What shall we do with the bolshy kids?
Classroom behaviour is the number one issue facing education today. On no other subject has so much been written and so much time been expended with so little stable effect on the ground. Any full and long-lasting analysis of the causes of disruptive behaviour has to take into account a whole range of societal, cultural and community issues. Indeed the relationship of schooling, as we know it, to society itself is long overdue for fundamental re-examination.
However, today - rather than in some far from clear future - there is a critical need to address chronically destabilising behaviour in the classroom, and not in the often piecemeal and ad hoc way often forced upon us. A great deal is already being done and there is much valuable research and practice available to take on board - see recent editions of The TES Scotland - but they do not add up to a comprehensive way forward.
The "school effectiveness" movement has clearly demonstrated how schools differ in their abilities to affect both learning and behaviour and the parameters across which it is possible to distinguish between effective and ineffective schools are generally accepted. An effective school will have a purposeful but democratic head, teachers who are valued and consulted, intellectually challenging teaching with a work-centred environment, consistency, maximum communication between pupils and teachers, active parental involvement and consultation, and a positive climate. In schools with these characteristics, opportunities for disruptive behaviour are minimised.
Nevertheless difficult behaviour will still occur. Training for teachers both to be aware of areas of individual difficulty and how to react seems to me to be essential and at the core of all practical approaches.
In the modern complex learning environment there should be a working knowledge of a range of psychological conditions and variables which may affect behaviour in the classroom. Attention deficit (hyperactivity) disorder, autistic spectrum disorders, dyslexia and dyspraxia are conditions regularly found in mainstream schools.
Solution-focused therapy and self-esteem enhancement are commonly and usefully applied for pupils and families having behavioural or relationship problems. The list could be considerably extended and what I am arguing for is not acqusition of expertise but that the insight and awareness that could be created by such working knowledge may ease the frustration felt by many in the face of inexplicable, difficult behaviour. This, in turn, may point both to lines of direct intervention and to efficient referral to others expert in these areas.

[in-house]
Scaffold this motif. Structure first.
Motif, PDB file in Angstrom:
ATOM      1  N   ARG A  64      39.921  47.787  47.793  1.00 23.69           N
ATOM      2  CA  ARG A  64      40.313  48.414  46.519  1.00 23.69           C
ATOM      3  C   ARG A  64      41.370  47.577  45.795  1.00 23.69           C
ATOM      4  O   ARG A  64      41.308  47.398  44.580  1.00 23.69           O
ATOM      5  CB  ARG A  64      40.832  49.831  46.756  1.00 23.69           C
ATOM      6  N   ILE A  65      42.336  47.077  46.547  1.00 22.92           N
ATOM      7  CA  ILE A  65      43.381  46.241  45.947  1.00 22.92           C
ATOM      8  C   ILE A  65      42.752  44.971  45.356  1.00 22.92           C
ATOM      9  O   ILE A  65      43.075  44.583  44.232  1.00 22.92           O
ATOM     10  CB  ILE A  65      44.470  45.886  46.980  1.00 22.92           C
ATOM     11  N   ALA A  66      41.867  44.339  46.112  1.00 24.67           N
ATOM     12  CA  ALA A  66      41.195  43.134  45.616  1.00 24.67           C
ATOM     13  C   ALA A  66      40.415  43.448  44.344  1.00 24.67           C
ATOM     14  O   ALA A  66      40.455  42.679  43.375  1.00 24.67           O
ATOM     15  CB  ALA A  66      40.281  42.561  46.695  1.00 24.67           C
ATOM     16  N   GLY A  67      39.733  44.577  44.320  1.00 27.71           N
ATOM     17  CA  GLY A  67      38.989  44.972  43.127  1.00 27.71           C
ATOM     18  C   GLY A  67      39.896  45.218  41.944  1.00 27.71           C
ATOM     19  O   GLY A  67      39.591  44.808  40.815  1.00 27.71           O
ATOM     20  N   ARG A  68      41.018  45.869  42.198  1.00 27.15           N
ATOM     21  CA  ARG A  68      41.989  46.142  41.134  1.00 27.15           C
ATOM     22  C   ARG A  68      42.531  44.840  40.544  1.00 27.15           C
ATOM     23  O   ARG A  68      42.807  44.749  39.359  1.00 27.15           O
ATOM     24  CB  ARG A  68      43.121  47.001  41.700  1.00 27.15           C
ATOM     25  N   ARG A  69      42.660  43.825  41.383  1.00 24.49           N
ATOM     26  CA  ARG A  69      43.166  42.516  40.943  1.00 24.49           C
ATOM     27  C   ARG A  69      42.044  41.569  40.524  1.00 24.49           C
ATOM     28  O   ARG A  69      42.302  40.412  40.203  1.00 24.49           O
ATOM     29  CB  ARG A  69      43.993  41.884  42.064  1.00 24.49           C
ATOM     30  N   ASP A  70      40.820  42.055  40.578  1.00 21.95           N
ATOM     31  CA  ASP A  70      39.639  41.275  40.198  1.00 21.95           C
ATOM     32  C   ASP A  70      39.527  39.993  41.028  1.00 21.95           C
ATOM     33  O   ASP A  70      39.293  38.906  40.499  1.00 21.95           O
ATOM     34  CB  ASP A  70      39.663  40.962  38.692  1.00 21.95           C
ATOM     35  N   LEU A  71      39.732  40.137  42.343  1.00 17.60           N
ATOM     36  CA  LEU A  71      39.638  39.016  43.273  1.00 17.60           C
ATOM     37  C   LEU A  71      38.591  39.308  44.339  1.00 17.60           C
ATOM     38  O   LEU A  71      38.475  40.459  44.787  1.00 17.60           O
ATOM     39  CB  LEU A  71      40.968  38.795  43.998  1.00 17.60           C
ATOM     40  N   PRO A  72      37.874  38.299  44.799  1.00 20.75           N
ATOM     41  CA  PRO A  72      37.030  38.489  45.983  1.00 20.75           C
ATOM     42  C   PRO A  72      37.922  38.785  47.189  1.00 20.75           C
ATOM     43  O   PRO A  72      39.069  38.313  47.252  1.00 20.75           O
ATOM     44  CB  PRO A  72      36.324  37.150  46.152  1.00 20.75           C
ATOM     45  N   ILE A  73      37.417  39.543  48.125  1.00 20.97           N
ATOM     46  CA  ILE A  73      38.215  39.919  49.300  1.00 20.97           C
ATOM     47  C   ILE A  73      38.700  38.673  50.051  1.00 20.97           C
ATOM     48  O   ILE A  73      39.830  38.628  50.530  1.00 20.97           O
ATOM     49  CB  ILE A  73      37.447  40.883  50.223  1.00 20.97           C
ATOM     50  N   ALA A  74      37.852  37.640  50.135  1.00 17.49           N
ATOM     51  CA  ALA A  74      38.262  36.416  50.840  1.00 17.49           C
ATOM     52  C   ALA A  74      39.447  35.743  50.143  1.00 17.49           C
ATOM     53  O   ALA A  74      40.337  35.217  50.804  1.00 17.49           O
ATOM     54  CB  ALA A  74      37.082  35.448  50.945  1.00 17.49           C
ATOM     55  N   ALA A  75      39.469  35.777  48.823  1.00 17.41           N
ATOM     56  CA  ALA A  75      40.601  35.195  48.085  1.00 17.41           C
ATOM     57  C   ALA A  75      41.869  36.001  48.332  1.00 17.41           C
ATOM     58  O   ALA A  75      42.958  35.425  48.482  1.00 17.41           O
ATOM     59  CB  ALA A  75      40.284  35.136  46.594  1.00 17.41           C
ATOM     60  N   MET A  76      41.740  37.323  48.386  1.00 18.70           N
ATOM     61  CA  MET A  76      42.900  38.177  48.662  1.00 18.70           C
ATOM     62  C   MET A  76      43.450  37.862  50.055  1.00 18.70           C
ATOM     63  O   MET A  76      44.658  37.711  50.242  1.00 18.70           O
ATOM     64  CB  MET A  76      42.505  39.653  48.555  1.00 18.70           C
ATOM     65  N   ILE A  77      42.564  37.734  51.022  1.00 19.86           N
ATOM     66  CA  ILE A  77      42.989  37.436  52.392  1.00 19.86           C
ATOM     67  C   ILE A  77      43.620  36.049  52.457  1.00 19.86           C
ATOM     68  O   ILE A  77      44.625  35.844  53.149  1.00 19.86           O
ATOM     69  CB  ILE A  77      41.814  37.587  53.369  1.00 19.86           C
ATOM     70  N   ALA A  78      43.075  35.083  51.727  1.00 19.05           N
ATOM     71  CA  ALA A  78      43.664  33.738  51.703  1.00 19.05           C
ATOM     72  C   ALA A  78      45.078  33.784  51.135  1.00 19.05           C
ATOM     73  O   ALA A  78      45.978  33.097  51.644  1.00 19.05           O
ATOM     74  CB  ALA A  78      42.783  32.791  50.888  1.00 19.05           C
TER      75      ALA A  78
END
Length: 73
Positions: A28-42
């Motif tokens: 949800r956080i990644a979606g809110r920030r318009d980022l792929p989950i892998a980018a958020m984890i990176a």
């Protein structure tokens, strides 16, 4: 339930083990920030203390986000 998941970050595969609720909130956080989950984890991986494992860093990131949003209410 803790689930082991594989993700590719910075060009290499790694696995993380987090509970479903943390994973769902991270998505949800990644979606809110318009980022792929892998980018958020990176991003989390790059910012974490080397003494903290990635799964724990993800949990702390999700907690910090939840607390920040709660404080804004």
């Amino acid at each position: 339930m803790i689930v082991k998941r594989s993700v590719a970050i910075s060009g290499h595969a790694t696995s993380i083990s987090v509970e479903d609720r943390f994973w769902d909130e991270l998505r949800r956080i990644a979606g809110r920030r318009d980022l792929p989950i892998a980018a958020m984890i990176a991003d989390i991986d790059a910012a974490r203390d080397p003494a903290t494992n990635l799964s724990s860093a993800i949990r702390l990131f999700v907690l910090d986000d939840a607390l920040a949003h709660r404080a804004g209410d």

While the acquisition of group management skills such as the use of assertive discipline or positive behaviour reinforcement will remain essential, training in which behavioural and learning difficulties are explored could well be a prerequisite for all new teachers after one session in employment and the subject of regular in-service study.
There also needs to be a clear continuum of diagnosis and input. I would argue for at least parity of input for behavioural difficulties with learning difficulties and this means having both expertise and time available. In secondary schools overstretched guidance and assistant head networks are often not in a position to give the concentrated input required by the most difficult of pupils. Senior behaviour support teachers should be in place in all secondary schools. In some primaries the behaviour support need may be as great as that for learning support and the provision for it less adequate than in the secondary sector. That situation can lead to real stress for class and headteachers.
Beyond the school there are crucial roles for psychologists, advisers, support staff of various kind and managers acting in the central roles of liaison, cohesion and decision-making. All these people need the time and the freedom of action which they are currently often short of.
Support for parents and carers should be central. There are few instances of behavioural disturbance, beyond those attributable to the so-called developmental disorders, which are not linked to out of school factors. Parental input can be extremely effective in moderating school-based behaviour difficulties.
I make no excuse for painting a complex and demanding picture. The situation in some of our schools and communities is serious and we are not going deep enough or honestly enough in our piecemeal approaches across the country.
Bill Badger has been a head of middle school, depute head of a residential school for pupils with education and behaviour difficulties, head of a special EBD unit and a research fellow looking at school effects on disruptive behaviour. He currently works as an educational psychologist.